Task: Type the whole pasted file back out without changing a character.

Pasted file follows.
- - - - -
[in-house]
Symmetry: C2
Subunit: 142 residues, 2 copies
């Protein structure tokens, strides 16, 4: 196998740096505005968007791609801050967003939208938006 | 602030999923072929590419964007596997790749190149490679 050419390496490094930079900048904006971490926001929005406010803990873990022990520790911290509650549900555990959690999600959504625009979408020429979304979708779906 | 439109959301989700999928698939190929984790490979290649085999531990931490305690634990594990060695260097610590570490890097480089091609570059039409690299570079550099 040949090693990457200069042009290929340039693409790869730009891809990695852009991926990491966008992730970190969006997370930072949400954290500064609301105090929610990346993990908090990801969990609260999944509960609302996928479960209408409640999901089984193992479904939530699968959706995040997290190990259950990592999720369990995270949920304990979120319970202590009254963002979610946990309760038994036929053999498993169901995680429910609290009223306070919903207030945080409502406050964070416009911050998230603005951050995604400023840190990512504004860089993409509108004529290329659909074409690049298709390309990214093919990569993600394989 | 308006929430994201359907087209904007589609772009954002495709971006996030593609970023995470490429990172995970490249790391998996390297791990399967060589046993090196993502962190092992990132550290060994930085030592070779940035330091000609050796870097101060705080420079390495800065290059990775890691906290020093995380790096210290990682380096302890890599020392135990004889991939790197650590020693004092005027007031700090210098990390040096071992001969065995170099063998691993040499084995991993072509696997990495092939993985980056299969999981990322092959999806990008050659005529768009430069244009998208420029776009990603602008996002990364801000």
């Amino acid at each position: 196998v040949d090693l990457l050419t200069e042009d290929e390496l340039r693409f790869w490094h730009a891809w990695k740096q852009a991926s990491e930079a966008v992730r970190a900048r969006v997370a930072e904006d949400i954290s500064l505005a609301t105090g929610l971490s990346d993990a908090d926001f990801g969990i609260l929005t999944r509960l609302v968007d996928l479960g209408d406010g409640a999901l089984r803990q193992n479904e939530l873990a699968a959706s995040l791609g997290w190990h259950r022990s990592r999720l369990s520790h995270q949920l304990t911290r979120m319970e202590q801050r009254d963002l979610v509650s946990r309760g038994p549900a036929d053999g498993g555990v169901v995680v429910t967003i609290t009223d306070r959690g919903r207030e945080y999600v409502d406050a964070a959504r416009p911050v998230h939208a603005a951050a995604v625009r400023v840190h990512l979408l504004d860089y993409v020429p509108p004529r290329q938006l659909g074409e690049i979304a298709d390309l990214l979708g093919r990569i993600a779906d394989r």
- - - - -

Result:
[in-house]
Symmetry: C2
Subunit: 142 residues, 2 copies
């Protein structure tokens, strides 16, 4: 196998740096505005968007791609801050967003939208938006 | 602030999923072929590419964007596997790749190149490679 050419390496490094930079900048904006971490926001929005406010803990873990022990520790911290509650549900555990959690999600959504625009979408020429979304979708779906 | 439109959301989700999928698939190929984790490979290649085999531990931490305690634990594990060695260097610590570490890097480089091609570059039409690299570079550099 040949090693990457200069042009290929340039693409790869730009891809990695852009991926990491966008992730970190969006997370930072949400954290500064609301105090929610990346993990908090990801969990609260999944509960609302996928479960209408409640999901089984193992479904939530699968959706995040997290190990259950990592999720369990995270949920304990979120319970202590009254963002979610946990309760038994036929053999498993169901995680429910609290009223306070919903207030945080409502406050964070416009911050998230603005951050995604400023840190990512504004860089993409509108004529290329659909074409690049298709390309990214093919990569993600394989 | 308006929430994201359907087209904007589609772009954002495709971006996030593609970023995470490429990172995970490249790391998996390297791990399967060589046993090196993502962190092992990132550290060994930085030592070779940035330091000609050796870097101060705080420079390495800065290059990775890691906290020093995380790096210290990682380096302890890599020392135990004889991939790197650590020693004092005027007031700090210098990390040096071992001969065995170099063998691993040499084995991993072509696997990495092939993985980056299969999981990322092959999806990008050659005529768009430069244009998208420029776009990603602008996002990364801000």
């Amino acid at each position: 196998v040949d090693l990457l050419t200069e042009d290929e390496l340039r693409f790869w490094h730009a891809w990695k740096q852009a991926s990491e930079a966008v992730r970190a900048r969006v997370a930072e904006d949400i954290s500064l505005a609301t105090g929610l971490s990346d993990a908090d926001f990801g969990i609260l929005t999944r509960l609302v968007d996928l479960g209408d406010g409640a999901l089984r803990q193992n479904e939530l873990a699968a959706s995040l791609g997290w190990h259950r022990s990592r999720l369990s520790h995270q949920l304990t911290r979120m319970e202590q801050r009254d963002l979610v509650s946990r309760g038994p549900a036929d053999g498993g555990v169901v995680v429910t967003i609290t009223d306070r959690g919903r207030e945080y999600v409502d406050a964070a959504r416009p911050v998230h939208a603005a951050a995604v625009r400023v840190h990512l979408l504004d860089y993409v020429p509108p004529r290329q938006l659909g074409e690049i979304a298709d390309l990214l979708g093919r990569i993600a779906d394989r």